I tried to ignore the conversation, as my blood was already boiling just from reading the news. But they kept at it with their Common Core and the meddling and the funny numbers and strange bubbles and the several hours and frustration about why learning couldn’t be fun. (As opposed, I guess, to cumulative.)

I finally interrupted them. “Excuse me,” I said as politely as I could. “I didn’t mean to be eavesdropping, but your conversation leaves me curious. What actually is the Common Core?”

Shishwish wang dabble and frockfrack too complicated. Frigmack moof mackle and ploopluck weird methods. Agwack mick mickle. Zeepopeepopuck. No, impossible, shippity pippity, Because parents can’t do the math.

The women spoke their shishwish wang dabble with conviction and passion. They were so certain of their frigmack moof mackle that their eyes opened wide as entrances to mansions. By the time they got to zeepopeepopuck, they had already built an eight wonder of the world, and there it stood before me in the shape of a Pippity.

The point of this post is not to defend the Common Core. America has long ago burned all of its books and sold off the ash as truth. At attempt to unify what all American kids should know at the end of each grade is bound to present problems, but that’s a discussion for another day.

My point is that these women were guilty of the very thing education should be built to fix. They had no idea what they were talking about but pretended they did. Their evidence was that their daughters’ math homework was unfamiliar, more difficult than they could bear. They did not ask the questions any educated person should know to ask: If as a professional adult I can’t figure out a 2nd grader’s math homework, is it because the problem’s too difficult or my skill level too low? If I don’t know what the Common Core is, how do I know it has something to do with these math problems I don’t like?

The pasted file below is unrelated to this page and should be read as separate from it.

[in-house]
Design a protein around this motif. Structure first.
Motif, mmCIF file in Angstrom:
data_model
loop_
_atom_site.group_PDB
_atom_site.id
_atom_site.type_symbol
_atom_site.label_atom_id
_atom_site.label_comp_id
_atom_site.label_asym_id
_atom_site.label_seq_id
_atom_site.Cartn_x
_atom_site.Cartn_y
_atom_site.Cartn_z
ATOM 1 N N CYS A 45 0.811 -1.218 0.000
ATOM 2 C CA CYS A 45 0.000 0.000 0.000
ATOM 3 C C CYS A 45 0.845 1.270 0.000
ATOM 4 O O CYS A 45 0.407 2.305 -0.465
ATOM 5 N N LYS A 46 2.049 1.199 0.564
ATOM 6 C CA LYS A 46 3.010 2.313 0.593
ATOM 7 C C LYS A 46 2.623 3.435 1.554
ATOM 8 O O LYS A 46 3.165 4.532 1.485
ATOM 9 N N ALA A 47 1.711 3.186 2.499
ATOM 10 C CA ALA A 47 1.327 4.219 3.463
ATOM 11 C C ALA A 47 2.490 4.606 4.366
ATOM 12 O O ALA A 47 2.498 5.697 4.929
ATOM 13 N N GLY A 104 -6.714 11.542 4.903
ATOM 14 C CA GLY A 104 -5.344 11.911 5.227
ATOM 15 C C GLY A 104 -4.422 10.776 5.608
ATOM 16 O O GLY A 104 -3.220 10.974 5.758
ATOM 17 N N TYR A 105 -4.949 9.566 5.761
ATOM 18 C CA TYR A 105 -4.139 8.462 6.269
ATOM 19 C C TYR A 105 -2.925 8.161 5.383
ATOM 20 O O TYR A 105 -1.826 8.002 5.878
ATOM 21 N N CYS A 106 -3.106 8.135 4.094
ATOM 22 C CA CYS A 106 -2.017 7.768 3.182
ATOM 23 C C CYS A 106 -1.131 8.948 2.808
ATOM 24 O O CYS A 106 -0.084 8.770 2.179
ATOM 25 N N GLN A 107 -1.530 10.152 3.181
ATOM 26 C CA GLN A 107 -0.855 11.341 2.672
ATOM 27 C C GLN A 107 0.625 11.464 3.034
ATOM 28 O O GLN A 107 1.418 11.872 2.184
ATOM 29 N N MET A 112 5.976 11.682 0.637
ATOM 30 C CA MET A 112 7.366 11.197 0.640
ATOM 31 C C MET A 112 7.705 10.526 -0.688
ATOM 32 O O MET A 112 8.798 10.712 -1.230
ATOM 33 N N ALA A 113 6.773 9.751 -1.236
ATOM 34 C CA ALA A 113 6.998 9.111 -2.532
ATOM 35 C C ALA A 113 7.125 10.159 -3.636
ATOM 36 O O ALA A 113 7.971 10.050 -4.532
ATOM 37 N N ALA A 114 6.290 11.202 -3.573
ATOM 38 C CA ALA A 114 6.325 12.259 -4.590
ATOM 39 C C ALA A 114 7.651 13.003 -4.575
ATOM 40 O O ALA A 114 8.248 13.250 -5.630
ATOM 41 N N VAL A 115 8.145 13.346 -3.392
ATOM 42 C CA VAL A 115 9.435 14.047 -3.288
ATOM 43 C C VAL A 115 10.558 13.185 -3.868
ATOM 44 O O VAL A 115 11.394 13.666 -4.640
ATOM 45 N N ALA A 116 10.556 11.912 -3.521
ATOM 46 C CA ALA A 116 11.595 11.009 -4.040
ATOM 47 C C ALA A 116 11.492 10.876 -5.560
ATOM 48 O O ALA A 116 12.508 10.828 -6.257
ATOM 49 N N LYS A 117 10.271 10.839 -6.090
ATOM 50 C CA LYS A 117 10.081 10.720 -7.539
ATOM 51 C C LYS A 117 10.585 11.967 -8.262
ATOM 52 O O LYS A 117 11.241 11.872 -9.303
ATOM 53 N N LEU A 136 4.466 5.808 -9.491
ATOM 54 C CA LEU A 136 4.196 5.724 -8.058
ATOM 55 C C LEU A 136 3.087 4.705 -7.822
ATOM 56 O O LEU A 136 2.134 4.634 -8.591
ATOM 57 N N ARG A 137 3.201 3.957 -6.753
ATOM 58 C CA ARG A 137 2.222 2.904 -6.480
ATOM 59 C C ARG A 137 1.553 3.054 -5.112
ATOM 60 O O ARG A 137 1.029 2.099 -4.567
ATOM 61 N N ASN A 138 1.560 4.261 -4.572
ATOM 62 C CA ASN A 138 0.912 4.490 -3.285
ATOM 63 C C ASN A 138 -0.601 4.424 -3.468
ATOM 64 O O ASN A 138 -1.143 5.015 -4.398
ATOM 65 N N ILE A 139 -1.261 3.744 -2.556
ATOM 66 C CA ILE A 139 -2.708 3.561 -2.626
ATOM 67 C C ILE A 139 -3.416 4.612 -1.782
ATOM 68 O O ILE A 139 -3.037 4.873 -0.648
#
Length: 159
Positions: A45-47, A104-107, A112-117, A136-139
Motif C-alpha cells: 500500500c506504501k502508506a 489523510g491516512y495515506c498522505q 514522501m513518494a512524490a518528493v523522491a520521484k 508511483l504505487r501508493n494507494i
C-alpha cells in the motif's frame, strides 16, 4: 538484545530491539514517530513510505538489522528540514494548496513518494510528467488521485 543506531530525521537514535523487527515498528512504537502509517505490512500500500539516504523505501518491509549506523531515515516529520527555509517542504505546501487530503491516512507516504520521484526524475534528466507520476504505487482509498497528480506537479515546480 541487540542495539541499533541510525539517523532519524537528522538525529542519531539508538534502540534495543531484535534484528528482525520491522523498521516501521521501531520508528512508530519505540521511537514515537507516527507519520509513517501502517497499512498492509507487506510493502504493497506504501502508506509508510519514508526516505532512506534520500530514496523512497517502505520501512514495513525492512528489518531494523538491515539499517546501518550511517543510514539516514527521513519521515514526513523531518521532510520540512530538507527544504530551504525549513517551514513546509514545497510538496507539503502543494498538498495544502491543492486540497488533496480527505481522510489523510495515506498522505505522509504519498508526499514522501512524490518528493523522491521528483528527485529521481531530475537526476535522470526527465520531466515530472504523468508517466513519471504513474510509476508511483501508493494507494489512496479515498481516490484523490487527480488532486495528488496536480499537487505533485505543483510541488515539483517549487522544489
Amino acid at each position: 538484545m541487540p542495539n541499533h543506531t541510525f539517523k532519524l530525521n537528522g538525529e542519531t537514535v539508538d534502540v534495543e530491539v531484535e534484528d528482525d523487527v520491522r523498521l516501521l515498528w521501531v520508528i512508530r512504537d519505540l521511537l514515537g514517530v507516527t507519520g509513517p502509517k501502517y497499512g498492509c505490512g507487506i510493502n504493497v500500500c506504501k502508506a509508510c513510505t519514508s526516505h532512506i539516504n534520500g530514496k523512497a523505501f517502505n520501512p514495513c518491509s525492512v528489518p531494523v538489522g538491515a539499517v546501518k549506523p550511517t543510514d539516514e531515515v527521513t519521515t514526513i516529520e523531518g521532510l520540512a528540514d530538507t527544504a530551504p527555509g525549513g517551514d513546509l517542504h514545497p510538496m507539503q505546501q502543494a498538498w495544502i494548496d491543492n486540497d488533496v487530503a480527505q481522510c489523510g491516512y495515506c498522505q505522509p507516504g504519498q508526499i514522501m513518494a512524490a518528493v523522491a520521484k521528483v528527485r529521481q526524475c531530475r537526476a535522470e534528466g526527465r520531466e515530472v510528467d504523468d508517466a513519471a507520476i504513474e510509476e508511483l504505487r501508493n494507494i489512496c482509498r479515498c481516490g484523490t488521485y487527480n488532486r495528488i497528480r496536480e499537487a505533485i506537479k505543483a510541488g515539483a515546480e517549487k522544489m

Maybe the reason we can’t figure out our kids’ math homework—um…2nd grade arithmetic—is because we never learned any math at all, just a method to get to an answer within the context of a particular kind of exam. We remove that method and context and find ourselves lost; the cumulative effect of our “education” leaves us spewing nonsense in public, blaming something we don’t understand, have not even bothered to read about, and yet we speak confidently, presenting our ignorance as a paradigm, all while our daughters plié before a polished mirror. Maybe the point of this education reform was to keep future generations from turning into us.